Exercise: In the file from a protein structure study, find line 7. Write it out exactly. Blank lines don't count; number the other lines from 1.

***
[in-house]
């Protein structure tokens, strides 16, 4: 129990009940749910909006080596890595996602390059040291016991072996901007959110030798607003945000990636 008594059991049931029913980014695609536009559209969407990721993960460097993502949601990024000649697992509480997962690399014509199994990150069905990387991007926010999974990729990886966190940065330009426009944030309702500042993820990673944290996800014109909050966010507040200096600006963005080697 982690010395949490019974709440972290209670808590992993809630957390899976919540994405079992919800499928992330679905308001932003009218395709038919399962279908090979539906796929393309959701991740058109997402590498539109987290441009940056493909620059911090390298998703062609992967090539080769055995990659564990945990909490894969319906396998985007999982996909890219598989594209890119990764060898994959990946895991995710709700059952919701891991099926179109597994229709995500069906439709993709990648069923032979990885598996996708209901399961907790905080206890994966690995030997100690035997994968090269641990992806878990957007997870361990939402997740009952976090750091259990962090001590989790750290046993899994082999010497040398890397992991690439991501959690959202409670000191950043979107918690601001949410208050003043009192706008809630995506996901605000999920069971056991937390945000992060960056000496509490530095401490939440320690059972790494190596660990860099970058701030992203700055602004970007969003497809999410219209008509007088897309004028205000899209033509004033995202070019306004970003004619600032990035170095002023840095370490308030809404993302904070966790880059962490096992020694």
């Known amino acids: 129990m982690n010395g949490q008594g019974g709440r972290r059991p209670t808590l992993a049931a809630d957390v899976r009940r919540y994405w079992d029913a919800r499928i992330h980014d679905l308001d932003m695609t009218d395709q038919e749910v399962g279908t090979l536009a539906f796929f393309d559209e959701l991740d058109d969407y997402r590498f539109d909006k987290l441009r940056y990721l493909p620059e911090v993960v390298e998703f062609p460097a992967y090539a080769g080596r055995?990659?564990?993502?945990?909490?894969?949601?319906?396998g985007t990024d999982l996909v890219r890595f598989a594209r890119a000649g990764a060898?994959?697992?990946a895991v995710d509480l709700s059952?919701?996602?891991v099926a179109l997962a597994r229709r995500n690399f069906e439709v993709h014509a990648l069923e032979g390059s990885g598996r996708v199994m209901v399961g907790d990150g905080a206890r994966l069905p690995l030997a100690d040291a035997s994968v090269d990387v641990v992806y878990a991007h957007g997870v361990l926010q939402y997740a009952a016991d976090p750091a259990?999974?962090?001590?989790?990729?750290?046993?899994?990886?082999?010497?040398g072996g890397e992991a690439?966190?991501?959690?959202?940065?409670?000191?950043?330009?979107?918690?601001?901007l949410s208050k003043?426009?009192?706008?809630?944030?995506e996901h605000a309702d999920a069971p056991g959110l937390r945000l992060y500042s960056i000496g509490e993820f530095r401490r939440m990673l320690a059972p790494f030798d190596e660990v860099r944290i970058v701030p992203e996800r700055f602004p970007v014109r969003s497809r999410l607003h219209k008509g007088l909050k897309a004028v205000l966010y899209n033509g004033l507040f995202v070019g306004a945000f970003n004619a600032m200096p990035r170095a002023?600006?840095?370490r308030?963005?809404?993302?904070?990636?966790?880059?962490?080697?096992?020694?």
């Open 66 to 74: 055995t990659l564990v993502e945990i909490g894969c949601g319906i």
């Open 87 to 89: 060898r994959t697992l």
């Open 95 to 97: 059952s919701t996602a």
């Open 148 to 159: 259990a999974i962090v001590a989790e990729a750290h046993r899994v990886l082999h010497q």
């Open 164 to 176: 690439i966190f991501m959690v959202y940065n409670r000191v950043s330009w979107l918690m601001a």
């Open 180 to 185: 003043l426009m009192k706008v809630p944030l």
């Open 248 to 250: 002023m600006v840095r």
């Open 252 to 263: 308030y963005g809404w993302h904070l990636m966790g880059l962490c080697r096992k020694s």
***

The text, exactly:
């Open 148 to 159: 259990a999974i962090v001590a989790e990729a750290h046993r899994v990886l082999h010497q």